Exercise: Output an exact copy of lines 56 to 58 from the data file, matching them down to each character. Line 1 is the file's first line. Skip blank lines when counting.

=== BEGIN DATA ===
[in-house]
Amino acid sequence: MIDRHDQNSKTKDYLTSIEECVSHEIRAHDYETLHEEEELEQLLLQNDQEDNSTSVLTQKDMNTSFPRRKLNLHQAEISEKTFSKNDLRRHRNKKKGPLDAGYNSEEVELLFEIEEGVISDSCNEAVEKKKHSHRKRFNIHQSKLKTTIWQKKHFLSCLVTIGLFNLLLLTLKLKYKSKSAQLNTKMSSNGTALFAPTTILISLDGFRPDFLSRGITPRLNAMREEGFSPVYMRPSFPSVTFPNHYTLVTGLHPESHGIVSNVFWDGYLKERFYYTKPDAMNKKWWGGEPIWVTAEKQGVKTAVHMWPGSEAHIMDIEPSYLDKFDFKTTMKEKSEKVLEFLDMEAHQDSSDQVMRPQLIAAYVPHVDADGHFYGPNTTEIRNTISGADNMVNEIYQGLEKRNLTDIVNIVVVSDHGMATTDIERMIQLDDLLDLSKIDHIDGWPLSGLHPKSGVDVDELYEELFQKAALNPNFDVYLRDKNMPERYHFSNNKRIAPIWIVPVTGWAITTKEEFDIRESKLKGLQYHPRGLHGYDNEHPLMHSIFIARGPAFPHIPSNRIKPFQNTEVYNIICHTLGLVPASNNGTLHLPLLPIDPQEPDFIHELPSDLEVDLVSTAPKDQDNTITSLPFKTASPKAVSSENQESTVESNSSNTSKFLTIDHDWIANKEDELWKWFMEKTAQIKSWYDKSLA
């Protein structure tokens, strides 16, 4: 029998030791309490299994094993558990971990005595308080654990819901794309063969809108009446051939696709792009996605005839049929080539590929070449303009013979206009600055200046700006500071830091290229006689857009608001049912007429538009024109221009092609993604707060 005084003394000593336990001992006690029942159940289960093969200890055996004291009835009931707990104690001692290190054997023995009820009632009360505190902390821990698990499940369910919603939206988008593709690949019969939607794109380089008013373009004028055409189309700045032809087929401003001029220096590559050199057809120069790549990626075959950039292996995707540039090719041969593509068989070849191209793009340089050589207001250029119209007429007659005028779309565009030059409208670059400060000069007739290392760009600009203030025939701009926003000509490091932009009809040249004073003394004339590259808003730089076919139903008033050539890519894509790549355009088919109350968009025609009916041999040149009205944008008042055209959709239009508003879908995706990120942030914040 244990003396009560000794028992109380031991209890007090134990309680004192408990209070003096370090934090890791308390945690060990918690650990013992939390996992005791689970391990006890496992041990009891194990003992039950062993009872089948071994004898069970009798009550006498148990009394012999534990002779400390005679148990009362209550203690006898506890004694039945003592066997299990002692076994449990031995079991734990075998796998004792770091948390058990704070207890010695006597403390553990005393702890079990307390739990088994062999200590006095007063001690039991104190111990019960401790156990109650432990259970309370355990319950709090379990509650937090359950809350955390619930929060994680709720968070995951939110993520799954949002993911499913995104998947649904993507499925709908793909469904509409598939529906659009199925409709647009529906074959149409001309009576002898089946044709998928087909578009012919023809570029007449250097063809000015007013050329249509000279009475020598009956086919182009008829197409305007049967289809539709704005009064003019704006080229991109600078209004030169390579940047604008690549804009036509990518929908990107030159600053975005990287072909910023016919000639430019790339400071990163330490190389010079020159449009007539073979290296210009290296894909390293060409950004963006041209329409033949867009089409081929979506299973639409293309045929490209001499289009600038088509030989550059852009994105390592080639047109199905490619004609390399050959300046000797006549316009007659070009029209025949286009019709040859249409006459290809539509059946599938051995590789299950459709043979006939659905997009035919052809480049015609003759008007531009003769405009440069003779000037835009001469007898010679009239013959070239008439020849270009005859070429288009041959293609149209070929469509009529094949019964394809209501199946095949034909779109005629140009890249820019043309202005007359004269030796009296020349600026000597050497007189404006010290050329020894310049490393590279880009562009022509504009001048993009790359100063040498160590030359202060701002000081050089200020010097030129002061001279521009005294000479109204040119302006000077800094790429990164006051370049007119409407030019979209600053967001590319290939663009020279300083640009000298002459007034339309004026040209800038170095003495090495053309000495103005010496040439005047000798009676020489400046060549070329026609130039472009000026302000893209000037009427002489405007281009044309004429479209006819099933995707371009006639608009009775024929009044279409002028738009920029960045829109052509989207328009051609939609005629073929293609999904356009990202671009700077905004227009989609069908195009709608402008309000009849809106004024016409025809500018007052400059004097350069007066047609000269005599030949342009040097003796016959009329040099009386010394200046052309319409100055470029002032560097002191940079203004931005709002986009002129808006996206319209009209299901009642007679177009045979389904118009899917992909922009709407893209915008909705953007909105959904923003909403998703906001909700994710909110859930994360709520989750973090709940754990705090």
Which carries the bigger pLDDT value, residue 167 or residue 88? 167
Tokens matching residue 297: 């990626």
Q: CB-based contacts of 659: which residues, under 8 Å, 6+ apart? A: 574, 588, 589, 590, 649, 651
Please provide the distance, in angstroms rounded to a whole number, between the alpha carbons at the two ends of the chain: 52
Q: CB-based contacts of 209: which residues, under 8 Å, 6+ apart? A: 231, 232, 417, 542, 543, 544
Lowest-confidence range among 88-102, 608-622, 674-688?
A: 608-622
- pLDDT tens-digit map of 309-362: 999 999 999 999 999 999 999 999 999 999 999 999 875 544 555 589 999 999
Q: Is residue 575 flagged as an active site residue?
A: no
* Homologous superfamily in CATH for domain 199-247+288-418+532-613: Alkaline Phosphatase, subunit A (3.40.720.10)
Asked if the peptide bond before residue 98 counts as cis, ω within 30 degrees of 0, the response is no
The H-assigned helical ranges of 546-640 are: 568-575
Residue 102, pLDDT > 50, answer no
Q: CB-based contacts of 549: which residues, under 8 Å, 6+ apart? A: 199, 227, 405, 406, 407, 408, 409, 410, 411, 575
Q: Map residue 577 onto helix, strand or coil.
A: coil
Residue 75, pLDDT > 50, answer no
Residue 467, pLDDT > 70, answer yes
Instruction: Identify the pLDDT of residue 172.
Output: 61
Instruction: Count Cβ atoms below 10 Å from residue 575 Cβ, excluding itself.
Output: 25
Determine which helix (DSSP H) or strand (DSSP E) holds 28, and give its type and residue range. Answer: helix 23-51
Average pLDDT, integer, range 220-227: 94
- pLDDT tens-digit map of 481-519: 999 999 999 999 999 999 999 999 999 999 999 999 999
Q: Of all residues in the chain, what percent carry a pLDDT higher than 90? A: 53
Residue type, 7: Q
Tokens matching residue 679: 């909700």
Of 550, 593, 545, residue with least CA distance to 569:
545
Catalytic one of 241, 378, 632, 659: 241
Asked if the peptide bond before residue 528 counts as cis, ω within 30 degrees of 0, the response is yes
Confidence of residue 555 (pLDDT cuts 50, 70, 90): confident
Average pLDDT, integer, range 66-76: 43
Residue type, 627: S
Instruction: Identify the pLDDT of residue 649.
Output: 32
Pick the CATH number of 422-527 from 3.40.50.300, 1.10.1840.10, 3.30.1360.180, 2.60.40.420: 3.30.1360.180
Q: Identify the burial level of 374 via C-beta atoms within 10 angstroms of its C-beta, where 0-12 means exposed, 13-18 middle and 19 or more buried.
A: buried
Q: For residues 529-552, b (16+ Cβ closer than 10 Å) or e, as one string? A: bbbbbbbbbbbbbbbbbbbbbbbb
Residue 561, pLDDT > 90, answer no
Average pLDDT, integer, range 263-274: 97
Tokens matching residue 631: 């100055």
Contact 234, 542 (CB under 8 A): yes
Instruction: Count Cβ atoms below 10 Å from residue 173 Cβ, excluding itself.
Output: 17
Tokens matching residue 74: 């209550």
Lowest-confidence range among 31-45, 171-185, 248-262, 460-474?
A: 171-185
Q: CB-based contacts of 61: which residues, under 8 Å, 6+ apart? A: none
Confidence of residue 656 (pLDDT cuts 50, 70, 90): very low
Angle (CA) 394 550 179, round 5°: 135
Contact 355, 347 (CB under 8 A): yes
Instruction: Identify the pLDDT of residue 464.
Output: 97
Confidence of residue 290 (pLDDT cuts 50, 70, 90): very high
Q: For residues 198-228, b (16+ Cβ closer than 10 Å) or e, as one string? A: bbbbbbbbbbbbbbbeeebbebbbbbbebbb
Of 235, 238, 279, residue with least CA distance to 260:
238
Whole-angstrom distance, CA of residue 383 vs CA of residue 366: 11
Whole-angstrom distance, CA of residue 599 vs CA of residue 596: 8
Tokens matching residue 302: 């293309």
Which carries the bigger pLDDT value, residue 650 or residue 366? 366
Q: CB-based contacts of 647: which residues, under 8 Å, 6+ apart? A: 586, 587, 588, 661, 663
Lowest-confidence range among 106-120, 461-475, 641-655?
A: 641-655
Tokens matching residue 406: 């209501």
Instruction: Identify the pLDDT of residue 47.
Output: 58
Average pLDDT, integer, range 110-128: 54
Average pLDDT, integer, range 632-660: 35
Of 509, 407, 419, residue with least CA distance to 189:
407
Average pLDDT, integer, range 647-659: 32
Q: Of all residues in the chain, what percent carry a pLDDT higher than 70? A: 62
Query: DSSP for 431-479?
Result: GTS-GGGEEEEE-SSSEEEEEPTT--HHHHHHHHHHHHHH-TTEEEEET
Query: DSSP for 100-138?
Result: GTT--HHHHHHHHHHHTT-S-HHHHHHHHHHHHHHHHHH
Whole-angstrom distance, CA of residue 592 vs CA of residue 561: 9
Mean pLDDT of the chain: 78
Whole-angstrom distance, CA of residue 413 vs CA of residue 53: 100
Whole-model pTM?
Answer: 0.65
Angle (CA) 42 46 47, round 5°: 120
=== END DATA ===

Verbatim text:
Confidence of residue 656 (pLDDT cuts 50, 70, 90): very low
Angle (CA) 394 550 179, round 5°: 135
Contact 355, 347 (CB under 8 A): yes